The field must rid itself of "either/or" thinking that states that support for men's needs represents an affront to women.
Men's trauma too often remains invisible to those affected by it and to the professionals who treat them.
Many men have internalized a perpetrator image of males and do not consider themselves worthy of compassion or healing.
So many men suffer needlessly in early recovery because their experiences of trauma have never been acknowledged.
What are your experiences in working with men in treatment, and what approaches have you taken to be gender-responsive?
This first blog in a yearlong series lays out a theoretical framework for men's treatment that is inspired by the work of Stephanie Covington in women's services.
While it would be difficult to write this next entry without it seeming like a commercial for the Helping Men Recover curriculum, the point is that providing men-specific and trauma-informed services isn't just a good idea to help your clients but it also helps your business.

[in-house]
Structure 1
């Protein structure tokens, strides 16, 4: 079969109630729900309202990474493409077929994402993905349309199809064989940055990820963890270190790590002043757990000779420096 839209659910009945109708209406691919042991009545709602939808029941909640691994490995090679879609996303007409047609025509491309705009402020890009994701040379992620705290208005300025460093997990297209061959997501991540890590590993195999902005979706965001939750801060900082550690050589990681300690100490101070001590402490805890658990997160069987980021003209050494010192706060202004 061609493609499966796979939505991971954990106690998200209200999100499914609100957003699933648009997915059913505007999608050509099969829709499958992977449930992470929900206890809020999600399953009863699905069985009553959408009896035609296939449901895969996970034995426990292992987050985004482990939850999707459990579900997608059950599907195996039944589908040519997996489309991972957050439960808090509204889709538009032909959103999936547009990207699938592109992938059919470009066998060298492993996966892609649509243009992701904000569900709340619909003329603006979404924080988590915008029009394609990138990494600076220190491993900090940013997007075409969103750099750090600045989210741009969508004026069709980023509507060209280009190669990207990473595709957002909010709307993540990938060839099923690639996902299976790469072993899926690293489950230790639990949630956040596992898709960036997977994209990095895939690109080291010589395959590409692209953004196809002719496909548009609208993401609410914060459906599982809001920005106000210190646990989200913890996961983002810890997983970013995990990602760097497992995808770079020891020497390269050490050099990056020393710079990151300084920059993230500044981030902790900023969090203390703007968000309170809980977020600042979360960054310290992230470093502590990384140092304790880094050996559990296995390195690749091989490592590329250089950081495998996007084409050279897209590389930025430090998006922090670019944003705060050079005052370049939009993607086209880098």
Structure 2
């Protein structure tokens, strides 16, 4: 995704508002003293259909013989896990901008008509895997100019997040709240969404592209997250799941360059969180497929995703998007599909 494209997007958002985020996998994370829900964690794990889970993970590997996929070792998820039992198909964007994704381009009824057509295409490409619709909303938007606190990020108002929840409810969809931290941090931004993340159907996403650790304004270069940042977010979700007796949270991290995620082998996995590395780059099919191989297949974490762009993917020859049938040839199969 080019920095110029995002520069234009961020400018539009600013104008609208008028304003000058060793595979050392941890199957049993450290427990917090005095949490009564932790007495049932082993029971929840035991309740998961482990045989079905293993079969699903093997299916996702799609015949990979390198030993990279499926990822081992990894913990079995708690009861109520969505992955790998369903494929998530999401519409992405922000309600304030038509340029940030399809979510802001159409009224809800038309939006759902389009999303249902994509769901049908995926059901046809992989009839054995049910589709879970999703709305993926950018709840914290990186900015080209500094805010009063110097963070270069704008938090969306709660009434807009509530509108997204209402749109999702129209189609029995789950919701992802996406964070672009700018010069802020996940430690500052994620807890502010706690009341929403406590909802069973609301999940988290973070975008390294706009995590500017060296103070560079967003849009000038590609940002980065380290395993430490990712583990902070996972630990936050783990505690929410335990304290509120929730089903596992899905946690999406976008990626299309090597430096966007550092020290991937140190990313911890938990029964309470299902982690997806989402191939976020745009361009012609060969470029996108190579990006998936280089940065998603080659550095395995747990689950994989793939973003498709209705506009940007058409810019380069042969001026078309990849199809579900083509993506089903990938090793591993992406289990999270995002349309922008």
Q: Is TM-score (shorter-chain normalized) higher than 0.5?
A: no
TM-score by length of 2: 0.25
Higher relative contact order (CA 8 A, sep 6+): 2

In the second part of a three-part series, Rick Dauer shares more personally about the effect that being a part of the Helping Men Recover had on him and two other counselors.
Helping Men Recover (Covington, Griffin, and Dauer; Jossey-Bass 2011) is the first gender-responsive and trauma-informed curriculum for men who have alcohol and other drug addictions.
Over the next three months my colleague, Rick Dauer, a co-author of the Helping Men Recover curriculum, is going to share the impact that being involved in the development of this new framework for men's treatment has had on him personally and professionally as well as on the men going through the curriculum and the professional staff delivering it.